September 15: Catastrophe at the Climax Fuse Company.

  Today in 1905, an employee using a hot iron to clear fuse debris from a reeling machine touched off a muffled explosion in the main building of the Climax Fuse factory in Avon. Though the blast was barely heard 300 feet away, the sheets of flame it triggered instantly engulfed the factory, suffocating seven…

June 15 Connecticut’s First Television Station Takes to the Airwaves.

  Today in 1948, Connecticut’s first television station WNHC-TV, Channel 6  (now WTNH Channel 8) began broadcasting in New Haven. The introduction of this new media to Connecticut was the  brainchild of Aldo DeDomenicis, an Italian pasta-wholesaler who had previously found success buying radio time on Italian programs and selling that time as radio ads…

June 13: An Old New England Tradition Goes International

  Today in 1914, the people of Manchester turned a time-honored New England tradition on its head.  Rather than celebrating Old Home Days – an annual event held in communities across New England  to  bring  emigrated Yankees back for a visit to their “Old Home” town –  the city celebrated “Homeland Day,” where  Manchester’s foreign-born…

March 30: Helicopter Pioneer Igor Sikorsky Arrives in United States

One of Connecticut’s greatest immigrant success stories began today in 1919 when Russian-born Igor Sikorsky first arrived on American shores. While Sikorsky is best known as the inventor of the world’s first practical helicopter and the founder of the Sikorsky Aircraft manufacturing company headquartered in Stratford, he first made a name for himself as a…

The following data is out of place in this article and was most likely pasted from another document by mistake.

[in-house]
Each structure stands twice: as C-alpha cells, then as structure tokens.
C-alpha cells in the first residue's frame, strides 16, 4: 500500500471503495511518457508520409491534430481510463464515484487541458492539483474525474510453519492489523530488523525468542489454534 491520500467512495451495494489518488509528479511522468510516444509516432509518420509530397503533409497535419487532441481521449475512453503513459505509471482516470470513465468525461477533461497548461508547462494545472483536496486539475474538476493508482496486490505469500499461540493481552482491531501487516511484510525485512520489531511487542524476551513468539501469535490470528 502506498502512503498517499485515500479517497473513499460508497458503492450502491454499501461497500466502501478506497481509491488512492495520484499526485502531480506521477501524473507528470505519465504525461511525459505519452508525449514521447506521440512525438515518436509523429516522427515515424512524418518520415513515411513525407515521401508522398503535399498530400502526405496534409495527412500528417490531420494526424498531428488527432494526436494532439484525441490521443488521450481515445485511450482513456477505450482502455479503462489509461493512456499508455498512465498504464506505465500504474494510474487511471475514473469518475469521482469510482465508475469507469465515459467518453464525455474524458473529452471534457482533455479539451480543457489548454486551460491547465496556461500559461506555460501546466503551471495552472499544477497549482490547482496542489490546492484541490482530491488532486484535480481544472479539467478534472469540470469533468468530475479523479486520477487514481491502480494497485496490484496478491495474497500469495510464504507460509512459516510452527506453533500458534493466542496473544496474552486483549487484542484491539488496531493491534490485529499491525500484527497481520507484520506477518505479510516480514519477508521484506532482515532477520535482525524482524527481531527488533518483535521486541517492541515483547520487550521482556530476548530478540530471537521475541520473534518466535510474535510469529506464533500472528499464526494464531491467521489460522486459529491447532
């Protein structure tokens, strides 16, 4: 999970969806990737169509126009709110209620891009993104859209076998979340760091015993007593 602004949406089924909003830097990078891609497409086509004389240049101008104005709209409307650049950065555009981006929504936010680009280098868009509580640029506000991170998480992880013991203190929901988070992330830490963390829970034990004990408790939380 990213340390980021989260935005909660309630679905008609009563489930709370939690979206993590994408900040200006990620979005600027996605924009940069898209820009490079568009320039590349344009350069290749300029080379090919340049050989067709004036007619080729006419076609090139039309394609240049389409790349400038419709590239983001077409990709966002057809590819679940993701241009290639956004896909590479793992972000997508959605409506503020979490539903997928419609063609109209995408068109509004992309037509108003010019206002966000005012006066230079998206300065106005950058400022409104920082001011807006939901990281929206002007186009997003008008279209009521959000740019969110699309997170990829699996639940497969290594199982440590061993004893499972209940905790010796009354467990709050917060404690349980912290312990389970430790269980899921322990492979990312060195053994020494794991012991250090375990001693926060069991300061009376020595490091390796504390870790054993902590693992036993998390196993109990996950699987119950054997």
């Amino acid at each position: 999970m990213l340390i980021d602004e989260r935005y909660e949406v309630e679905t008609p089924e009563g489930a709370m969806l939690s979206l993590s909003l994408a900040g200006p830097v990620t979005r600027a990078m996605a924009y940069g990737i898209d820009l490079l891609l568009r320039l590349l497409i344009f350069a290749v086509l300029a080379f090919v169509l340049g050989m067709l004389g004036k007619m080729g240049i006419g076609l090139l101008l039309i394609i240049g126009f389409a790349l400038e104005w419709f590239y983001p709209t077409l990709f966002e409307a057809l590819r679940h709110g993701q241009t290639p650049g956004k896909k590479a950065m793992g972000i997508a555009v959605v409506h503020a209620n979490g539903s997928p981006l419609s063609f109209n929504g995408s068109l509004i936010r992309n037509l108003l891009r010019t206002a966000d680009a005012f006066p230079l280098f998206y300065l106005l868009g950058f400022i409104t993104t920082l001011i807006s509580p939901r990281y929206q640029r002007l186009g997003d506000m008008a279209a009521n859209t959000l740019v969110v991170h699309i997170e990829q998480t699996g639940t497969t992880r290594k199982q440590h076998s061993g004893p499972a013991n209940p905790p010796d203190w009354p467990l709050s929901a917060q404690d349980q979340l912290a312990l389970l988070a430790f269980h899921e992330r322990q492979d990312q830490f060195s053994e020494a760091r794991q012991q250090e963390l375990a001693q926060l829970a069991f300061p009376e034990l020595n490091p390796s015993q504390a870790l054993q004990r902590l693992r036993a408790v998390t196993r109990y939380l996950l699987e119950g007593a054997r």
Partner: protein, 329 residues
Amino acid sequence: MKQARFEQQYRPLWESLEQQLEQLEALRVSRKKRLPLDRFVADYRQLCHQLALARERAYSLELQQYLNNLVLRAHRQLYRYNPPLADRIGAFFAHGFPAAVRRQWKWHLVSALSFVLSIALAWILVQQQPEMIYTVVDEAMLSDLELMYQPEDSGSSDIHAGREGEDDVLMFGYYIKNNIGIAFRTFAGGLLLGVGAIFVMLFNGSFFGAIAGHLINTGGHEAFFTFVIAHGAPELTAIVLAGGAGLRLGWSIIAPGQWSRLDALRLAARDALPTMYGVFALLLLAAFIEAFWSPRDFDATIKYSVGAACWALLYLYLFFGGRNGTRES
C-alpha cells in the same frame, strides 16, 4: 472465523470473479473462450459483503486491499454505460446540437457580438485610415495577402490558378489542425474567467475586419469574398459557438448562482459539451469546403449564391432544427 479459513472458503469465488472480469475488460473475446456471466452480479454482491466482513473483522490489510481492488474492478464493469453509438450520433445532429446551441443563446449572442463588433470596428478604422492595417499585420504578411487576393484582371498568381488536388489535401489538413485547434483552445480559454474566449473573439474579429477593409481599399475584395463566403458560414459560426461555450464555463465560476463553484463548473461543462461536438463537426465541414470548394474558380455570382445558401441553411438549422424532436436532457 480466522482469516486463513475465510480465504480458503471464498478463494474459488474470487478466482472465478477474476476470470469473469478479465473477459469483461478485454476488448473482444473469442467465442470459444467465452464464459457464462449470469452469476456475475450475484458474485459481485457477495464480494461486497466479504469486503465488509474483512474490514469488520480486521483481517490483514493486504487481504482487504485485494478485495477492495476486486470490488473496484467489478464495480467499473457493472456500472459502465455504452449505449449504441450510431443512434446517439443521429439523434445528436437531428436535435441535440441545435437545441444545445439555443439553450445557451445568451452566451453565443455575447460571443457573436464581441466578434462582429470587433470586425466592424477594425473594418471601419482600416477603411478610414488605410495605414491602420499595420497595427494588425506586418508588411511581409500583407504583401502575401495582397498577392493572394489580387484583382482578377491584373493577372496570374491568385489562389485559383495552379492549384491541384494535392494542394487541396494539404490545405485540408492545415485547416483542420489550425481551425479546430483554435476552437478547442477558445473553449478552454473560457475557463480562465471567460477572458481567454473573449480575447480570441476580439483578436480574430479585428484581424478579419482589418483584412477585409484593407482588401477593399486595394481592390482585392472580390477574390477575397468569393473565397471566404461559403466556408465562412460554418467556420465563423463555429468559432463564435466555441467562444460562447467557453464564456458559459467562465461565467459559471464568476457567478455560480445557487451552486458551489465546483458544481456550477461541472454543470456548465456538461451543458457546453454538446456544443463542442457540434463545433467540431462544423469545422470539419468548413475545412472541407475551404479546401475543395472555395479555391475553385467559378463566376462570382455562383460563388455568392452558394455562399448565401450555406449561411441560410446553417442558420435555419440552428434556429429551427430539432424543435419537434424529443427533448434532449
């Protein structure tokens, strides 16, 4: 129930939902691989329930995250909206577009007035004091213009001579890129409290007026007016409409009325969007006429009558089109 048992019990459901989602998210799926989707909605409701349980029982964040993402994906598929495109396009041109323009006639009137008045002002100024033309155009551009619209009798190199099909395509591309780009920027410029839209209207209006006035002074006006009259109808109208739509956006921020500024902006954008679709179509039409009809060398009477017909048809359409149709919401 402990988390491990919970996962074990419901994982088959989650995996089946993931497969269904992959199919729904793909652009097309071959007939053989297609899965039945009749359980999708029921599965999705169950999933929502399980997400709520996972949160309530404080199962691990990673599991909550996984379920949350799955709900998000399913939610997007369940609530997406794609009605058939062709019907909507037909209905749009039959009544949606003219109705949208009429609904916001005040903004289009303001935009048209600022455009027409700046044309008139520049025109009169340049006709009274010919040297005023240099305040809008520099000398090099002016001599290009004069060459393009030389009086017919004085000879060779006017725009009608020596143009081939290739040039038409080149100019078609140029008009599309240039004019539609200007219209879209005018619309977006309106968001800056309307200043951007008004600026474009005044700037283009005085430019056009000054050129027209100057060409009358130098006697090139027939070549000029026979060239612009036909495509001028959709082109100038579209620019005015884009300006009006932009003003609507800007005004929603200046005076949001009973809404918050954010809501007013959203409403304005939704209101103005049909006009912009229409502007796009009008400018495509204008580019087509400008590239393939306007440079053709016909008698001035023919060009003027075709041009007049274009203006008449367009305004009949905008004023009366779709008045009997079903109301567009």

November 25: María Colón Sánchez, “La Madrina” of Hartford

  María Colón Sánchez arrived in Hartford at the age of 28 in 1954, one of thousands of Puerto Ricans who moved to Connecticut in search of better economic opportunity during the mid-20th century. Within a few years, she had saved up enough money to open a convenience store, Maria’s News Stand, on Albany Avenue,…

November 10: Unusual Funeral Ends Connecticut’s Tong Wars

  In the late 19th century and early 20th century, as Chinese immigrants flocked to American shores in increasing numbers, insular Chinese-American communities known as “Chinatowns” sprang up in large coastal cities like San Francisco and New York. Here, recent immigrants could more freely speak their native language and observe Chinese customs while adapting to…

October 21: When Columbus Stood For Inclusion & Columbus Day Came 9 Days Late

  At a time when immigrants – many from Italy – were pouring into America in numbers that seriously alarmed the “old stock” descendants of the original Puritan settlers, the 400th anniversary of Columbus’s even-then-disputed “discovery” of America proved an ideal time for Connecticans to assess the contributions of newcomers while expressing a common patriotism….